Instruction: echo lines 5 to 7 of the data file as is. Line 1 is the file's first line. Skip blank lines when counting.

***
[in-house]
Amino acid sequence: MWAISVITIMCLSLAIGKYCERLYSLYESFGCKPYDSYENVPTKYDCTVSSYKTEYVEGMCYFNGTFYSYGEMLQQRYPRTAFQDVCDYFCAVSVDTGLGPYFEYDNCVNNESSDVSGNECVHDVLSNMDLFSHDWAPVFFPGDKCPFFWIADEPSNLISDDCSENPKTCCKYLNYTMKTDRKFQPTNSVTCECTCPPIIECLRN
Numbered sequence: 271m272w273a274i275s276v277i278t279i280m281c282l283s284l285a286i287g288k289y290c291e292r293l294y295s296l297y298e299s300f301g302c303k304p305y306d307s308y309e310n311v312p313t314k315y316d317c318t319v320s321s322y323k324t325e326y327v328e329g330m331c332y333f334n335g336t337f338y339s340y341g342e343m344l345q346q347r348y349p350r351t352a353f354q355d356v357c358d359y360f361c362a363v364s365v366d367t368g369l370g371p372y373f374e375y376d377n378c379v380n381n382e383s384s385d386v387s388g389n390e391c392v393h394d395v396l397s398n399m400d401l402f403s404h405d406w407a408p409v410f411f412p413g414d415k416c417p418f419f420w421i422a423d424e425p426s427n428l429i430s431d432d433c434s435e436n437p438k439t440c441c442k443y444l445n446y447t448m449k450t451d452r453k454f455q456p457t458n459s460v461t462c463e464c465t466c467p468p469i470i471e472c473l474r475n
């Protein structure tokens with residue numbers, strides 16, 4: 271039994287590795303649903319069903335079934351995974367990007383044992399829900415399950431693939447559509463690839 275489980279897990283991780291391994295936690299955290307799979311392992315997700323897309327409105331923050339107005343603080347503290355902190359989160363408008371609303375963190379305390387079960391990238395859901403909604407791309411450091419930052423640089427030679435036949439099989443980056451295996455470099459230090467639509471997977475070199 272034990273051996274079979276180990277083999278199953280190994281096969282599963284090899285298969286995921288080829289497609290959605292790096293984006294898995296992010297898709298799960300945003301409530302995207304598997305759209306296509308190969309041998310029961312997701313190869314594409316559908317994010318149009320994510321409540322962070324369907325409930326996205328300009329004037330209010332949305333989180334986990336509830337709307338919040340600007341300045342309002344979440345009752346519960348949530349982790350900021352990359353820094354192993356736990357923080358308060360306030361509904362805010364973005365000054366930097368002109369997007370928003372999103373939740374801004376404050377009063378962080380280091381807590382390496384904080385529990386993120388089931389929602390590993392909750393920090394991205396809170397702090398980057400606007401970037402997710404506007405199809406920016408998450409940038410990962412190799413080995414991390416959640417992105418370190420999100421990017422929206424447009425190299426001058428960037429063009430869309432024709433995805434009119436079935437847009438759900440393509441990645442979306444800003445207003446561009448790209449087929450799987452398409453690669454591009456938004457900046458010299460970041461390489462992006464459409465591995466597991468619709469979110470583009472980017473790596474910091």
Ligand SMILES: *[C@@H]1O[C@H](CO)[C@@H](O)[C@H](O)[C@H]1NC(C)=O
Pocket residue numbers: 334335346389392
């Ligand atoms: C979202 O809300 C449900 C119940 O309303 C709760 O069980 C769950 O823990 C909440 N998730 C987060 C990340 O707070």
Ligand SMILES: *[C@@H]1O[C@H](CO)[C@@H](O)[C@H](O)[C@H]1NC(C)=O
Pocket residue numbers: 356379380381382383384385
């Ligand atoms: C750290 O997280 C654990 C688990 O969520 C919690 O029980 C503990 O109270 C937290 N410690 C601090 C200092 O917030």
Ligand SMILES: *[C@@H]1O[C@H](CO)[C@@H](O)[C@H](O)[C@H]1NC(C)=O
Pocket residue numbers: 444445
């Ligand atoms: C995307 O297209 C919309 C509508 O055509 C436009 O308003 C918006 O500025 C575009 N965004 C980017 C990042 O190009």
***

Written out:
Ligand SMILES: *[C@@H]1O[C@H](CO)[C@@H](O)[C@H](O)[C@H]1NC(C)=O
Pocket residue numbers: 334335346389392
């Ligand atoms: C979202 O809300 C449900 C119940 O309303 C709760 O069980 C769950 O823990 C909440 N998730 C987060 C990340 O707070």